In reflection, when I landed my first corporate position out of undergrad I was the ONLY AMERICAN in my team of international financial analysts. My ability to adapt, learn and contribute quickly is basically how I went on to apply and land a FULL FELLOWSHIP to my graduate degree program. My HBCU experience provided me with awesome opportunities for competitive LEADERSHIP, OUTLOOK, and CULTURAL RESPECT that went beyond the classroom and roster of professors. How? Well, I couldn't get a "C" on an assignment and blame it on me being black or the test being culturally insensitive. I couldn't lose an election because I was the only black on the ballot. I couldn't blame my white professor for being biased in his or her grading because I was black. EVERYBODY COMPETING was practically BLACK.

Either one was prepared or NOT. Either one was going to WIN or LOSE. It was NOT for being BLACK. I learned wonderful things about black culture through DOING and BEING.

So I carried those lessons with me right to the top of my game in corporate America and with a whopping $90K FULL FELLOWSHIP for my MBA.

Today I advise my mentees to research, research, research and choose an institution because it prepares you PERSONALLY to be all that you were born to be...NOT SOLELY BECAUSE YOU WERE BORN BLACK but because you were born with a PURPOSE!


Anonymous said...

Like the person above, I attended a HBCU. I had white professors, black professors, a Russian professor and many other ethnic groups. It was a melting pot of culture and ethnicities. As you stated, you can't throw all HBCU's in the same arena and that's very true, but don't want your blog to misguide those who are interested in attending HBCU's.

Any person that I meet, I recommend going to a HBCU. The classroom is important, but I think we should all know that we learn much more in college and most of that learning is outside of the classroom. It's the environment, your peers, campus activites and its culture. For those who attended a HBCU and did not have a diverse group of professors, then you missed out, but I'm sure you experienced things there you couldn't find anywhere else.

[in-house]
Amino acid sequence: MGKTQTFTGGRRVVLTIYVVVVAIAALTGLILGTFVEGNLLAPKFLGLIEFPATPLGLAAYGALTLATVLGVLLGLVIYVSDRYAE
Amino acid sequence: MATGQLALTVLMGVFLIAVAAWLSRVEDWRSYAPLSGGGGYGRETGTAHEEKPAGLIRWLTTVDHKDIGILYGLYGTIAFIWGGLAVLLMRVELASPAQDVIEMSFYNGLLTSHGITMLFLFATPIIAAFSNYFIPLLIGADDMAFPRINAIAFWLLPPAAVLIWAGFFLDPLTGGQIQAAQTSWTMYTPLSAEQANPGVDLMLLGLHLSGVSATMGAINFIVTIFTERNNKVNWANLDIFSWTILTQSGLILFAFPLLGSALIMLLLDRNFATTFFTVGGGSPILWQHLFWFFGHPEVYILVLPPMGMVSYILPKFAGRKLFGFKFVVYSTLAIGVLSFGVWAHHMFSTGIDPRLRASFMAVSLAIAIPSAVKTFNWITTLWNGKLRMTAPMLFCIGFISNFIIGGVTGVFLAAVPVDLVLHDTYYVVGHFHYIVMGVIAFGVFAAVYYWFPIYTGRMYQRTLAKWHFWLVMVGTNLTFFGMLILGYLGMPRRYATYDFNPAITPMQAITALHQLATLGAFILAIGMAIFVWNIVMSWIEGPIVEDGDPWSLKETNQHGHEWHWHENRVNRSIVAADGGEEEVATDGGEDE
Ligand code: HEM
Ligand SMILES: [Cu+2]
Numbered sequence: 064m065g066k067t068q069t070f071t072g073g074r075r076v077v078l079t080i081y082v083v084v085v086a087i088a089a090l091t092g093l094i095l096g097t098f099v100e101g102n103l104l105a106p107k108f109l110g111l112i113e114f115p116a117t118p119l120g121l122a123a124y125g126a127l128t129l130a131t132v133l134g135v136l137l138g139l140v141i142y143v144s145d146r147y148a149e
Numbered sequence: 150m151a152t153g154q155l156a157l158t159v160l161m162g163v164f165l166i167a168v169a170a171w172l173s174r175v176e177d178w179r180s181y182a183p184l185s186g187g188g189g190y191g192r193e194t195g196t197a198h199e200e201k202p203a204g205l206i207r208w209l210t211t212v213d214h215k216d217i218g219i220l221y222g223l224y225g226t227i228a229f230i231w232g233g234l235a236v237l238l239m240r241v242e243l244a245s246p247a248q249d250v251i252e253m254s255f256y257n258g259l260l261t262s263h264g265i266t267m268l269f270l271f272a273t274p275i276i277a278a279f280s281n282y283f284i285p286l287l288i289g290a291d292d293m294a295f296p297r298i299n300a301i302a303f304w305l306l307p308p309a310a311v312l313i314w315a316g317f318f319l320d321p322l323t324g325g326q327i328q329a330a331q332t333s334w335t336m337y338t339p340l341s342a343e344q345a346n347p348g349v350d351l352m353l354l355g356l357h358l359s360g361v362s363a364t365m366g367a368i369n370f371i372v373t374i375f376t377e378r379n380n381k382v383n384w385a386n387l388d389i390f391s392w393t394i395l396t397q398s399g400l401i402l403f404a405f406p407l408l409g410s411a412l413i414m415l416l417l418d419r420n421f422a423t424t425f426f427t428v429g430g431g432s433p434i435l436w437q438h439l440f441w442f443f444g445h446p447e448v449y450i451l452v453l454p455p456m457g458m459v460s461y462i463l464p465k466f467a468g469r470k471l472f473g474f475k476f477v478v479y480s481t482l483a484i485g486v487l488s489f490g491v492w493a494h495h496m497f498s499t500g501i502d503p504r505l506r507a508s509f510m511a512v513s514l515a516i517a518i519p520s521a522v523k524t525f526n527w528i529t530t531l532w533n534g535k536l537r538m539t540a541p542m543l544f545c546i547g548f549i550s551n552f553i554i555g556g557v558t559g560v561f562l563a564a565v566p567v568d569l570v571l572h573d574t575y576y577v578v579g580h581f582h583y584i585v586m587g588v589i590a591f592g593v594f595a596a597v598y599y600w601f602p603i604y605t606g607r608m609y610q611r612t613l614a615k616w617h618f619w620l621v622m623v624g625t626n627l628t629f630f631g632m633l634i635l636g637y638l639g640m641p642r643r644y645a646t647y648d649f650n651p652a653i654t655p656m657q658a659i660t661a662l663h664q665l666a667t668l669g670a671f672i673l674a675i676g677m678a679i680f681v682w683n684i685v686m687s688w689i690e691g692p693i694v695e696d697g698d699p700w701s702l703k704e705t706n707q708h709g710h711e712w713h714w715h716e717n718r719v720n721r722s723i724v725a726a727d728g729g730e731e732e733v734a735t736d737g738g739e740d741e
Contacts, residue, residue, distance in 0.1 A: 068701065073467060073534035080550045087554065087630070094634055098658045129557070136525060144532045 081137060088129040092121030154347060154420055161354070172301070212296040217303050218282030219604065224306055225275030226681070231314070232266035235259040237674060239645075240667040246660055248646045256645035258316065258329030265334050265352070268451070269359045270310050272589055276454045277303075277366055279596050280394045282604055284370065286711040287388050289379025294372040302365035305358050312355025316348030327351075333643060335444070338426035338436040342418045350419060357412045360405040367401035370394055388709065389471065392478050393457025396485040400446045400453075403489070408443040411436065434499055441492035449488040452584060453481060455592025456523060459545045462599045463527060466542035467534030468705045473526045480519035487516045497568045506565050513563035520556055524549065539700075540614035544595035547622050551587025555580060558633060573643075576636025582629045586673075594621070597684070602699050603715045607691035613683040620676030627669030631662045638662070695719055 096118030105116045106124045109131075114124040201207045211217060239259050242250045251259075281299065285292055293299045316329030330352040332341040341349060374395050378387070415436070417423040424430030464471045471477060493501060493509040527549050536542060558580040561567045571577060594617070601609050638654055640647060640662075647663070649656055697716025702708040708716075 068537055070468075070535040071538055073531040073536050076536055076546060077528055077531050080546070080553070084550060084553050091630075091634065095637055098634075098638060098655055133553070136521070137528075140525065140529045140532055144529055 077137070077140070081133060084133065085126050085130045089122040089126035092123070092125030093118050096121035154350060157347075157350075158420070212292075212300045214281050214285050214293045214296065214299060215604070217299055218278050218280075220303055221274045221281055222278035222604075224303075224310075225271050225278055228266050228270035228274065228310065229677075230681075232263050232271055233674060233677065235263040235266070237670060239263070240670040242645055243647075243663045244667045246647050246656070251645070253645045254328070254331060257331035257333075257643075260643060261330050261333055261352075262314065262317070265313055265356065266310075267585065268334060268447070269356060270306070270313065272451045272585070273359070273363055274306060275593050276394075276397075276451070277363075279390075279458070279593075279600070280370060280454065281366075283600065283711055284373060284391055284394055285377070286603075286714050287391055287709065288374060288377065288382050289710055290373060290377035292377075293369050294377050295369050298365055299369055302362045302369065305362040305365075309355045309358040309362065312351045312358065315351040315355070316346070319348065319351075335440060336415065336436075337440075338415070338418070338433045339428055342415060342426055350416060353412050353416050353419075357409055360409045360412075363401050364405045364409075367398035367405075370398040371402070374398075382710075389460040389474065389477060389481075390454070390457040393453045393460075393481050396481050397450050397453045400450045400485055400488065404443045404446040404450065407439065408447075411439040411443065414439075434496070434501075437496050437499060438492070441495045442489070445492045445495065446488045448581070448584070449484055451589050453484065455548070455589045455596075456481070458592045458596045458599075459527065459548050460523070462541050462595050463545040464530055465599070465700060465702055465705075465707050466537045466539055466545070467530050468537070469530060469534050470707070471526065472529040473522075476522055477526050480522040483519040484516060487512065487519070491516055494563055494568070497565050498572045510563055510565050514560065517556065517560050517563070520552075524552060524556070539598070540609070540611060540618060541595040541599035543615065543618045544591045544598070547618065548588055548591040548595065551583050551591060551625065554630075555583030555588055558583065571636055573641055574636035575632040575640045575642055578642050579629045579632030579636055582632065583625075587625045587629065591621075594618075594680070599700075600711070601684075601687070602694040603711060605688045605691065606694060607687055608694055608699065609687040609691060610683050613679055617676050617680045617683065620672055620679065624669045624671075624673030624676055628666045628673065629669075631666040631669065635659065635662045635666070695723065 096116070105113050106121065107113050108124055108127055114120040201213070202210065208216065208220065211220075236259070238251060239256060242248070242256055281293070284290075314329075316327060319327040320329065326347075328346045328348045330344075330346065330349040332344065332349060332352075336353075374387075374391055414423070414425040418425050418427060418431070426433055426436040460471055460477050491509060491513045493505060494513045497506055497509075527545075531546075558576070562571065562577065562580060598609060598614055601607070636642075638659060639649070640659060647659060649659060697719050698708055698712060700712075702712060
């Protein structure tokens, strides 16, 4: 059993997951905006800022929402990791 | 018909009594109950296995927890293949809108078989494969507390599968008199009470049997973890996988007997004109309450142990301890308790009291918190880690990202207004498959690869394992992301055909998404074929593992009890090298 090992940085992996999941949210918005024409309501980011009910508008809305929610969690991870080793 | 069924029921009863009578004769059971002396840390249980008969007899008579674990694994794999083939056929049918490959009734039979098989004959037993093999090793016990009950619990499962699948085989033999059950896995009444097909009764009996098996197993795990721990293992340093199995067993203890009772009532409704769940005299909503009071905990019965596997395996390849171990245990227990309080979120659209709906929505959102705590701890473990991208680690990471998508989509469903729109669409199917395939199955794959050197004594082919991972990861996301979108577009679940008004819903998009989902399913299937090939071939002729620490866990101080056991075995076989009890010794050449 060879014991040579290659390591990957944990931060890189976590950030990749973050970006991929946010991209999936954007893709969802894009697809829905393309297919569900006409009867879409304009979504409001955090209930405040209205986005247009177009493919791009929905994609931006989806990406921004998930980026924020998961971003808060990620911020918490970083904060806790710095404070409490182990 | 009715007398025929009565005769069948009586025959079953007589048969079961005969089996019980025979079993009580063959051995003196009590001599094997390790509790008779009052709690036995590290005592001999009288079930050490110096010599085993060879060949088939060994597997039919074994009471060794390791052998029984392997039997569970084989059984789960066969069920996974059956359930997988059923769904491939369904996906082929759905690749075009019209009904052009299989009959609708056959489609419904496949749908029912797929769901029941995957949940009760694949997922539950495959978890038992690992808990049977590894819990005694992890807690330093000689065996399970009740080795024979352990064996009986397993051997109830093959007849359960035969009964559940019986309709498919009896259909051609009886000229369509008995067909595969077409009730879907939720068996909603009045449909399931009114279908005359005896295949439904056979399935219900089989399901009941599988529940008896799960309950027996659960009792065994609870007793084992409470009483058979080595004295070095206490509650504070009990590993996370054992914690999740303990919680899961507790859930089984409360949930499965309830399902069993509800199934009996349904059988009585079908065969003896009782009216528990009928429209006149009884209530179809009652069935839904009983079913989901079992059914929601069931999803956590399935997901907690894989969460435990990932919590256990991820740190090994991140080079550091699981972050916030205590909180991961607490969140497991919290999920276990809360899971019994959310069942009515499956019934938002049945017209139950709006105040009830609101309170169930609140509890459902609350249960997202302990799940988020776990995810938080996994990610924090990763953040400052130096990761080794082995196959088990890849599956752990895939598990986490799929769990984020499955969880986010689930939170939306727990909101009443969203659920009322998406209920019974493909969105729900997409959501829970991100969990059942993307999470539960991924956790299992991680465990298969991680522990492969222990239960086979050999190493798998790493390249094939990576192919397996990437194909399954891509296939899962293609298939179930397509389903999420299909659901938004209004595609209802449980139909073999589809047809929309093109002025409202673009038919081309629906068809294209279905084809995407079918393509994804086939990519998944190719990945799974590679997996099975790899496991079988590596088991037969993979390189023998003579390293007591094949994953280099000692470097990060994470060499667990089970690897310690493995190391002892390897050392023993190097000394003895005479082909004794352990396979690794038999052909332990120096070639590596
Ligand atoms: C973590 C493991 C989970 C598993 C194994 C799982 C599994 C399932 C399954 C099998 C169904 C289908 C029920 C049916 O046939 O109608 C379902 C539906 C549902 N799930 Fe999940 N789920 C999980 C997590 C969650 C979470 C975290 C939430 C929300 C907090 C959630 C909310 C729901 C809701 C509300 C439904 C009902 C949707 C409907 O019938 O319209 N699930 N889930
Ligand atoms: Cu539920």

I am finishing up a graduate program that is top 15 in the nation and I look at the culture of the univeristy and its undergraduate population and it doesn't have the same warmth and love that I received the day I stepped on campus as a freshman. Just think about all options...

Dr. Ellesia Blaque said...

When I originally went to college I chose an HBCU, specifically, Bennett College. That relationship did not go well and I was expelled for housing another student who had been expelled for drug abuse, but was my best friend. When I, some 13 years later, attempted to transfer my credits from Bennett to Temple University, I found that Bennett's curriculum was substandard and despite my credits in English (my major), only six of my overall credits transferred, none of which were in English, but rather for my work as a radio announcer at A&T State via North Carolina’s consortium program. I now have a Ph.D. from a PWI (predominantly white institution), which is where I also earned a B.A. and M.A.

I think people forget the historical need for HBCUs, which began as a response to Jim Crow by offering training to blacks in the field of secondary education and social work to fulfill the needs of blacks in the south. That time has passed, albeit, the need, particularly in the sciences and math, remain. However, African Americans need not, and do not, focus on those fields alone, but have expanded their presence in the mainstream discourse in the humanities and other fields of study. Many, if not most, HBCUs are often outdated in their curriculum design and old fashioned in their social cliques. Many times HBCUs can't even hold their accreditation (Morris-Brown in 2002, Barber-Scotia in 2004, Edward Waters in 2007), leaving black students with high student loan bills and no degree.

If HBCUs want to re-establish their standing in the black community and really earn it, they need to come into the 21st century in not only their curriculum designs, learning outcomes, and assessment techniques, but also in their technological facilities and capabilities. Additionally, HBCUs are more interested in teaching than publishing, the latter being an entry point into the discourse about the Black Experience. Moreover, we as African Americans need not continue to look at the old guard academics, such as Dr. Henry Gates, Jr., but rather the younger lions of academic scholarship and research. With regard to the hiring practices of HBCUs, once again, and in the spirit of Alain Locke's "old negro," HBCUs depend upon sources outside of the black community to make decisions integral to the growth of the black community and HBCU faculty. This type of thinking remains oxymoronic, particularly in 2009. Thus, when black students want to engage prominent, well educated African American professors, catch the few us who are teaching at PWI's because there is where we can be found.

Thanks for listening/reading.